Florence Price: Peter Go Ring dem Bells

For voice and piano (edited by John Michael Cooper)

Sale price$14.00

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Additional Info

  • Composer
    Florence Price
  • Publisher
    G Schirmer Inc
  • Arrangement
    Voice/Piano (VCE/PF)
  • Format
    Vocal Score
  • Genre
    20th Century


For voice and piano (edited by John Michael Cooper)

Florence Price's vocal setting of Peter, Go Ring dem Bells is based on one of the most popular of all African American spirituals. (She also arranged it for piano solo.) Like many other spirituals, its origins may well extend back to the early nineteenth century; however, its earliest documented appearance occurs in connection with The Hampton Institute (now Hampton University, Virginia). Like its better-known counterpart, the Port Royal Experiment, the Hampton Institute was born of Union generals' decision to treat any former slaves who reached Union lines as "contraband of war," not to be returned to their former masters. This decision led well-meaning Northern Whites in September 1861 to begin holding classes outside Union-held Fort Monroe, Virginia, in order to provide rudimentary education to newly free Blacks. These classes became an official "normal school" where arithmetic, geography, grammar, reading, and writing, as well as housekeeping skills, were taught beginning in 1863, and eventually grew into the Hampton Normal and Agricultural Institute and then into Hampton University — one of the oldest historically Black colleges of the United States. By 1872 the Institute was sufficiently well known to attract the attention of Booker T. Washington (1856-1915; alumnus 1875), and by 1874 its success merited the publication of a book authored by two of its teachers, with an added section titled "Cabin and Plantation Songs, as Sung by the Hampton Students," arranged by the Institute's music director, Thomas P. Fenner.5 This appendix included (p. 174) a four-part harmonized setting of "Peter, Go Ring dem Bells" — a setting whose melody is identical to Price's, and whose words and harmonies are similar. After noting in a preface to this section that his purpose was the "preservation" "this music of bondage," whose existence many former slaves despised as "a vestige of slavery," Fenner provides the music of "Peter, Go Ring dem Bells" with this introductory note:

A secret prayer-meeting song, sung by Thomas Vess, a blacksmith and a slave. He especially sang it when any one confessed religion. Thomas Vess was a man whose heart was given to these songs, for in the neighborhood where he lived, it seemed like a prayer-meeting did not go on well without him. I have long since learned wherever he was known what happiness he got from them. — J. M. Waddy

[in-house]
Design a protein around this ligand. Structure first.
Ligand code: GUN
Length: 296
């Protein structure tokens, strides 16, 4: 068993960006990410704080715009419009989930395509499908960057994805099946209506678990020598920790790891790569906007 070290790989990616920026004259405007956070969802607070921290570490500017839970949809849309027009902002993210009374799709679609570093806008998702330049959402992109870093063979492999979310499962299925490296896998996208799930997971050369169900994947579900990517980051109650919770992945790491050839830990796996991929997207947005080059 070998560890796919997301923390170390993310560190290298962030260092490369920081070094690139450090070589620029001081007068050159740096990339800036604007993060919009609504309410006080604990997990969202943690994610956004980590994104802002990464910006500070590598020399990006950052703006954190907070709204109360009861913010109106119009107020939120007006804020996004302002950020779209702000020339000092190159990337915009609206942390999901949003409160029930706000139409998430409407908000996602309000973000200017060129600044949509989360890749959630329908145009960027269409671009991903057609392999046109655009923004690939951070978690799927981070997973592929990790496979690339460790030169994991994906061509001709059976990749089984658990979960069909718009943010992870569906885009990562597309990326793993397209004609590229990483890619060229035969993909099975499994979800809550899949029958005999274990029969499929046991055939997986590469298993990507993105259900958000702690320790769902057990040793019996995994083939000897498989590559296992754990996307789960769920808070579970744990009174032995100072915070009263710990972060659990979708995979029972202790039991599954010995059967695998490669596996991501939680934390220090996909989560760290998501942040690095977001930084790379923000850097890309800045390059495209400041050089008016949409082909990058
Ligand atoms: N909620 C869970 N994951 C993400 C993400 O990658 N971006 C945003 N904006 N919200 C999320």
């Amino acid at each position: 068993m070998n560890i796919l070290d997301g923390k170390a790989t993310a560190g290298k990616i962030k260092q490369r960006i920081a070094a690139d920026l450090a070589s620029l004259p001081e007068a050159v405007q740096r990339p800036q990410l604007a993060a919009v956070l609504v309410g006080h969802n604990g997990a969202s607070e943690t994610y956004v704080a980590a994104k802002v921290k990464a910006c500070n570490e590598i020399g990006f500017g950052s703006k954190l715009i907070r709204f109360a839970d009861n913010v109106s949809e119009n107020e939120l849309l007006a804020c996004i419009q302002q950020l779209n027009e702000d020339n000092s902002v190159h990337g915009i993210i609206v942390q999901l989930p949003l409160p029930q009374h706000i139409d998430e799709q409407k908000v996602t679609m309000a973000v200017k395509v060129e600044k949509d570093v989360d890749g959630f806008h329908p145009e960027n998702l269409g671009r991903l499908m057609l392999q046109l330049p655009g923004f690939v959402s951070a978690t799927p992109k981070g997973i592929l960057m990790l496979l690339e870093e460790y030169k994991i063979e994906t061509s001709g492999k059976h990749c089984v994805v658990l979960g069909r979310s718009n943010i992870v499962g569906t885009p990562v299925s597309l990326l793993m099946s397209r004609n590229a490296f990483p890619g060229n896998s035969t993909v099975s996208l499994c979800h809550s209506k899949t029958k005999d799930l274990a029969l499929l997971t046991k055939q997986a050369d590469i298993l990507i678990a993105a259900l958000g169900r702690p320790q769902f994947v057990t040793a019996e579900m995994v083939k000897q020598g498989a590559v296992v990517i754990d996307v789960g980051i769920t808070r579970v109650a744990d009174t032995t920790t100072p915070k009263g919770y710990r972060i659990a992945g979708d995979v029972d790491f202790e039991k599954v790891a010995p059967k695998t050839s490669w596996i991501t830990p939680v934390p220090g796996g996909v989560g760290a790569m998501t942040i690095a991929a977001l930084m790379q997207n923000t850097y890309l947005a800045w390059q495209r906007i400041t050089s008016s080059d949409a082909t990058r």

Like many other spirituals, "Peter, Go Ring dem Bells" offered a rich web of allusions to other melodies and double-meanings. The former are most obvious in the central "I heard from heaven today" section (mm. 23-30), whose first two phrases resemble those of the spiritual "I Couldn't Hear Nobody Pray." The textual double-meanings are obvious in the "I wonder where…" phrases (mm. 14-21): although these phrases' references to separation might be read as after-death meditations, for former slaves and their descendants they were certainly a bitter allusion to chattel slavery's heartless and incessant separation of family and friends by selling relatives to other owners. Indeed, this, more than the after-death reading, fits with the lyrics' wondering where those departed ones have gone — especially since spirituals typically evoke heaven (up) to symbolize the North: hearing from heaven today would have been understood as receiving word about someone who went north.
Price herself — long an observer to the Great Migration and eventually a participant in it — surely identified with these textual suggestions as well as the music. The defining and pervasive features of her setting are its overriding sentiment of joy and its evocation of ringing bells throughout.
— John Michael Cooper

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